At Örnsköldsvik Airport in northern Sweden, the tower is empty. Not for lack of traffic, but because Sweden has been testing the remote controlled airport, since the summer of 2014. Air traffic is controlled from the airport of Sundsvall, over 150 kilometres ( 95 miles ) away - but how does it work ?
At Sundsvall, the air traffic controllers receive all the information, together with 360 degree views of the airport, displayed on screens collected direct from the second airport by high definition cameras. The system also includes microphones, and infrared cameras for foggy conditions, together with weather sensors that measure wind speed and atmospheric pressure.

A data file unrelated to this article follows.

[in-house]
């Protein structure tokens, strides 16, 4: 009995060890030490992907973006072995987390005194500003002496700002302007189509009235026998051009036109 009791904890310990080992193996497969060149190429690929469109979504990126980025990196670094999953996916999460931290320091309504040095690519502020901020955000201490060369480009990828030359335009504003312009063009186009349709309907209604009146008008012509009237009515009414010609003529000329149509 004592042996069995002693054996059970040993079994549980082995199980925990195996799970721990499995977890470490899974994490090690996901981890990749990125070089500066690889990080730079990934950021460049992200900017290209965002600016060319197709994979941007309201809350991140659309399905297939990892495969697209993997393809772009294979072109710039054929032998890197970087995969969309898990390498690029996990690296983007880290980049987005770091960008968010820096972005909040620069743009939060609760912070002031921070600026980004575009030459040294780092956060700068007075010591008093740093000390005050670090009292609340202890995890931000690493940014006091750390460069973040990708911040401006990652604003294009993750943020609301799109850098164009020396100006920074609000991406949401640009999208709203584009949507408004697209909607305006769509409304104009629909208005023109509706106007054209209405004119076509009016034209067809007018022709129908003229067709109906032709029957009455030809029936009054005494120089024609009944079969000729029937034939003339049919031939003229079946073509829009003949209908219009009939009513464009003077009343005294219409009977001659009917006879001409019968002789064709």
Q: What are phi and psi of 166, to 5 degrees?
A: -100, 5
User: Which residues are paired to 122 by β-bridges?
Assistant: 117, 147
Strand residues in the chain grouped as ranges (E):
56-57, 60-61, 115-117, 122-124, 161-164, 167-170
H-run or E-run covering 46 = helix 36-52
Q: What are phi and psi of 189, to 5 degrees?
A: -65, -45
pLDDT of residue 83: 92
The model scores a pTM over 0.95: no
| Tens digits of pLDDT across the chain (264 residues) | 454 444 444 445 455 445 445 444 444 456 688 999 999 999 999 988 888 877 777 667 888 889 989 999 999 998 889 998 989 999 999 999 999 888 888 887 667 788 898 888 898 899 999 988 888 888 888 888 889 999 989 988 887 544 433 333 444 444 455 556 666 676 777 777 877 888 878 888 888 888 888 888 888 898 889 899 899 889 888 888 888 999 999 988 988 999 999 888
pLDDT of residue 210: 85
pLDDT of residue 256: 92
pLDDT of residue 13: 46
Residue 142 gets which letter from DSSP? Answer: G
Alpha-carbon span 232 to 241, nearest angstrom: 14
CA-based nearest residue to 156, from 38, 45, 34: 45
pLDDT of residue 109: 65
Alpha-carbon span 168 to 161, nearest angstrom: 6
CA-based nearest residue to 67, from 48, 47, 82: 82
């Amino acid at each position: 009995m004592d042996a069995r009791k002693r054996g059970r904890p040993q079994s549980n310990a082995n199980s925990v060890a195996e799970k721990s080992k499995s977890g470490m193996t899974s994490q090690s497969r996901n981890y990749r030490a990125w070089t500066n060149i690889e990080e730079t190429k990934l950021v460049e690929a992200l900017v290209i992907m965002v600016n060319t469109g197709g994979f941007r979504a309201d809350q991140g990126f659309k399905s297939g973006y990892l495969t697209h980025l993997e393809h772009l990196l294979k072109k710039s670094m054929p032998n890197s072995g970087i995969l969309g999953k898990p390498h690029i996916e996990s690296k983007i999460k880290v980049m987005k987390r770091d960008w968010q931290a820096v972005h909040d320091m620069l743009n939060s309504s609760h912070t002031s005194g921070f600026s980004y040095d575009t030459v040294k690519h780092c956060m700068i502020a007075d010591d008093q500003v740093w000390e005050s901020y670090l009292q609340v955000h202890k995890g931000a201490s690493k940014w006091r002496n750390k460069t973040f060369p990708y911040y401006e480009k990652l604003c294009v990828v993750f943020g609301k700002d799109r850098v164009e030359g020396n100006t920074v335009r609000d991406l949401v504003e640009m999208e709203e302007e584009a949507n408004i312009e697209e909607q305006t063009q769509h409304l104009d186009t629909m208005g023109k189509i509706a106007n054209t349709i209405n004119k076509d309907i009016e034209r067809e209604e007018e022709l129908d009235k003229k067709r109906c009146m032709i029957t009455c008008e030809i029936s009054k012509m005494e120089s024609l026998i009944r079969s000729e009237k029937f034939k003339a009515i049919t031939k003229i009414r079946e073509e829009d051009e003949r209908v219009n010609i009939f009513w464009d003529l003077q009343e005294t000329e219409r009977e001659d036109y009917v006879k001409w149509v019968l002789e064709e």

The Swedish company, Saab, system helps to maintain activity at airports with too little traffic, or which are inaccessible, to be profitable. At Örnsköldsvik, the experiment has been conclusive, and the airport will become the world’s first radio controlled airport at the end of April. Other tests are being conducted at Gothenburg airport, as well as in Norway, the Netherlands and Australia.
The system was designed for small airports like Örnskoldvik, which only receives four flights a day, and other developments are envisaged. On large airports, it could serve as a backup system in cases of main control tower breakdowns, and militarily, it would eradicate the need for insitu air traffic controllers at airports in a war zone.